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home : news : state news free June 22, 2018

   
6/2/2018 11:42:00 AM
Money needed to restore Illinois Lorado Taft statue

OREGON, Ill. (AP) — The Eternal Indian statue stands tall, his gaze accustomed to overlooking the city and rest of the Rock River Valley.

But for the past couple of years, renowned artist Lorado Taft’s 107-year-old, 48-foot-tall icon more closely resembles a frumpy black trash bag.

Efforts to restore the Eternal Indian statue, colloquially known as Black Hawk, have come and gone over the past several decades. The last effort, which began in 2015, came to an abrupt stop in 2016 after the conservator and the engineer butted heads over how much of the statue’s exterior concrete skin needed to be removed. The project was stuck in limbo.

Rented scaffolding remained in place around the statue, running up costs. The statue had to be covered in protective wrap to keep it safe from freeze and thaw because the conservator and engineer went their separate ways during core testing and drilling.

And the statue has been wrapped up ever since.

“I hate looking at it like that,” said Jan Stilson, a historian in Oregon. “Have you seen it? It looks awful.”

Stilson is spearheading the Black Hawk Team, a division of Oregon Together, an organization that aims to improve quality of life in the area. Stilson and about 20 volunteers are orchestrating efforts to raise money to pay for the next phase of the statue’s restoration.

“People were bewildered when it came to a screeching halt,” Stilson said. “People were confused about what happened and what will happen.”

The project includes recreating the statue’s original mix of concrete, cement and red granite, though it will still require annual upkeep, Stilson said.

The Black Hawk Team needs $500,000 to complete the project. Unwrapping the protective coating will cost $7,000. Depending how much money is raised by fundraisers — and what might be contained in the state budget — work could resume as early as this summer and last through October, then resume next year.

Stilson said she hopes the state will pass a capital budget to fund a $350,000 grant that will go to the Illinois Department of Natural Resourced for restoration. Black Hawk stands on property owned by the Illinois Department of Natural Resources.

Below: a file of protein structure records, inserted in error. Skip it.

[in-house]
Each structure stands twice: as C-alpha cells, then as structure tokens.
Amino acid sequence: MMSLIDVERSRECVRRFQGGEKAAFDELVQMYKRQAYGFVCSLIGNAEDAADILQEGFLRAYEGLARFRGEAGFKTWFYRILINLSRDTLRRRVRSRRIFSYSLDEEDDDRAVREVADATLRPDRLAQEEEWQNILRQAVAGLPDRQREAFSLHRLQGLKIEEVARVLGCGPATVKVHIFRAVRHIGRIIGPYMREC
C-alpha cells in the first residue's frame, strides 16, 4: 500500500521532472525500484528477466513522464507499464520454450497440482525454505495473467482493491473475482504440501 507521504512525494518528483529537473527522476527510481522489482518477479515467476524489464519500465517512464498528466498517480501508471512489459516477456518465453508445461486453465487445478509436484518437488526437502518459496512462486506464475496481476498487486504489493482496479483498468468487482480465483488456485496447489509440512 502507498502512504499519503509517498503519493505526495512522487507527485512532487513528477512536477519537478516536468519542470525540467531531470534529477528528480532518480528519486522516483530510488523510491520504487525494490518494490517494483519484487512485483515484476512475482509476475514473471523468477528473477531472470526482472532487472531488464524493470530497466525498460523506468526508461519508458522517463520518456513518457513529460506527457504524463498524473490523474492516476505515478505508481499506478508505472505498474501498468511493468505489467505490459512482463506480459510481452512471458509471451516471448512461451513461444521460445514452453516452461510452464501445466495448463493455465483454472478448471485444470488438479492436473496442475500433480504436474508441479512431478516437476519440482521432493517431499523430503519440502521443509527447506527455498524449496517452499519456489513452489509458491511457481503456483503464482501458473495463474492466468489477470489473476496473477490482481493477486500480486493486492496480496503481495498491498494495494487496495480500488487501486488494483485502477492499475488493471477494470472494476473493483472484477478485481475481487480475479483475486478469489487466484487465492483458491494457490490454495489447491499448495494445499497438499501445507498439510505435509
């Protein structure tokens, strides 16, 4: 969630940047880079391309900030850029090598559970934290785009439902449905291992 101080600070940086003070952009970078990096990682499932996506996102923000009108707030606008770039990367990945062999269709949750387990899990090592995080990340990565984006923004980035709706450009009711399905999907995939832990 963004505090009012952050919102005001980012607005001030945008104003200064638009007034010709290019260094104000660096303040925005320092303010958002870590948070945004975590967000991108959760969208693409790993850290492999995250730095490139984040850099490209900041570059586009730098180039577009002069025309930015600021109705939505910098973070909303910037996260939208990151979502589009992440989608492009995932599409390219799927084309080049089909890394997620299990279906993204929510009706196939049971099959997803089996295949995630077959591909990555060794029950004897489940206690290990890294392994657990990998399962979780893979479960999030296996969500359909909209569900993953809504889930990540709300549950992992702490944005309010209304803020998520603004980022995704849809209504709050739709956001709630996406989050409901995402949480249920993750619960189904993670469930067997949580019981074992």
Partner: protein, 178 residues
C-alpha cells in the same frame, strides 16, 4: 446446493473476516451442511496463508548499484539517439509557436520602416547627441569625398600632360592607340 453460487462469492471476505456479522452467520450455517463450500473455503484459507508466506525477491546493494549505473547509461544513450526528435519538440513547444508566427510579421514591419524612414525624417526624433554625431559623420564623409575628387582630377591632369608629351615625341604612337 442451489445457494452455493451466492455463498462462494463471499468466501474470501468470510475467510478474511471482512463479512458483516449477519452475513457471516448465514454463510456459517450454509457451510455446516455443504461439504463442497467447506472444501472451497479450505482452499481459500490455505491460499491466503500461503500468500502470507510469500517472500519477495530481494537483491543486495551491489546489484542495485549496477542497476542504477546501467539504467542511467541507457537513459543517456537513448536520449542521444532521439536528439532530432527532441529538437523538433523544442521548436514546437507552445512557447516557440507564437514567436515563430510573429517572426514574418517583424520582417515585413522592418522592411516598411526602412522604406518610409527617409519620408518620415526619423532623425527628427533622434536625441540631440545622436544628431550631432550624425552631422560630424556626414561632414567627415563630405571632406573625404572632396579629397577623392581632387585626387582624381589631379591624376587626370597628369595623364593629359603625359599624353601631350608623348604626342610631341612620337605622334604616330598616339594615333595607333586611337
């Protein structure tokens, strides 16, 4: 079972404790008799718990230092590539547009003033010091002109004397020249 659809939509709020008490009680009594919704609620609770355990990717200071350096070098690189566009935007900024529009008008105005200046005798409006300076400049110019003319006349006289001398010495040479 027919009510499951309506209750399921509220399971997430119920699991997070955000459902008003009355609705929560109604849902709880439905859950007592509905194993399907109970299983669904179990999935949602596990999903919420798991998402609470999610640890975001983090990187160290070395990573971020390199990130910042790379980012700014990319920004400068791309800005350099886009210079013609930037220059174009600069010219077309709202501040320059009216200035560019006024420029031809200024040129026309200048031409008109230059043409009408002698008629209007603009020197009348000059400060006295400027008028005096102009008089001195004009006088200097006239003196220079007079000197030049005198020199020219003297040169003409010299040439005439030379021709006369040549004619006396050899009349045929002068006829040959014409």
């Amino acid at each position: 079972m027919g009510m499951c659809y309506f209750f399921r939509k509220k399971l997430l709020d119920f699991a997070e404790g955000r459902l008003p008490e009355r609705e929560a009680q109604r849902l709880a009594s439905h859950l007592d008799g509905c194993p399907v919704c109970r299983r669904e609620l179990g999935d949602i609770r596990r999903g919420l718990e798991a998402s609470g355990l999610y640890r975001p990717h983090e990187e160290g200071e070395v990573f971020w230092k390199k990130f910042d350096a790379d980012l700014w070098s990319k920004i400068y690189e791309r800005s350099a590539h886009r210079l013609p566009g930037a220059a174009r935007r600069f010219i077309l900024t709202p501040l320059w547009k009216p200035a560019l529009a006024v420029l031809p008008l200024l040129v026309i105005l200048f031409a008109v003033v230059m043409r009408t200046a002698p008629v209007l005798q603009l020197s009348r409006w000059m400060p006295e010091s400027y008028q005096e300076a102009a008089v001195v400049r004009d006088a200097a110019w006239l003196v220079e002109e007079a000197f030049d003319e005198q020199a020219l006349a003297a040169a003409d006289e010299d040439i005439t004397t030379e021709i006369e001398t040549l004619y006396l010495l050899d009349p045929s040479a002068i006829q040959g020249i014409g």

A few fundraisers are scheduled this summer.

“We’re just getting started,” Stilson said. “We’ve had pledges but no money. People seem to be very enthusiastic about it.”

That wasn’t always the case, though.

About $600,000 was raised and spent previously to study the project and to set up and remove scaffolding. But even after the previous effort halted, the rented scaffolding stayed at the statue through construction and then some — totaling 560 days at a cost of $42,000.

The loss of money and the failed previous attempt resulted in “hurt feelings that run deep regarding the restoration project,” Stilson said. “We’re trying to educate people but it’s been difficult.”

Any money raised is monitored by the Illinois Conservation Fund, a nonprofit that supports DNR programs. Eric Schenck, the executive director of the Illinois Conservation Fund, said all the money raised is accounted for.

“It’s been a complicated project in terms of the technique used for restoration,” Schenck said. “Obviously there was disagreement on the technique that was being used. Unfortunately, the project suffered from cost overruns.”

ICF has set up a place to donate on its website, icf.org/portal.

In 2015, the statue was listed as the second-most-endangered historic landmark in the state, according to the nonprofit Landmarks Illinois.

“The weather and other natural forces that have worn on this statue have caused it to deteriorate,” Schenck said. “It’s reaching a point where it either has to be restored or it may continue to deteriorate to where it’s a safety hazard or not even salvageable.”

Oregon Mayor Ken Williams serves on the Black Hawk restoration committee. He said the statue draws people from all over, but since the protective wrap went up, “it’s put a bit of a damper on our tourism.”

Getting it uncovered and in good condition is a high priority, Williams said.

“It’s been an icon for the Rock River Valley for more than 106 years,” he said. “If you’re less than 106 years old, you’ve grown up with this overlooking the city.”







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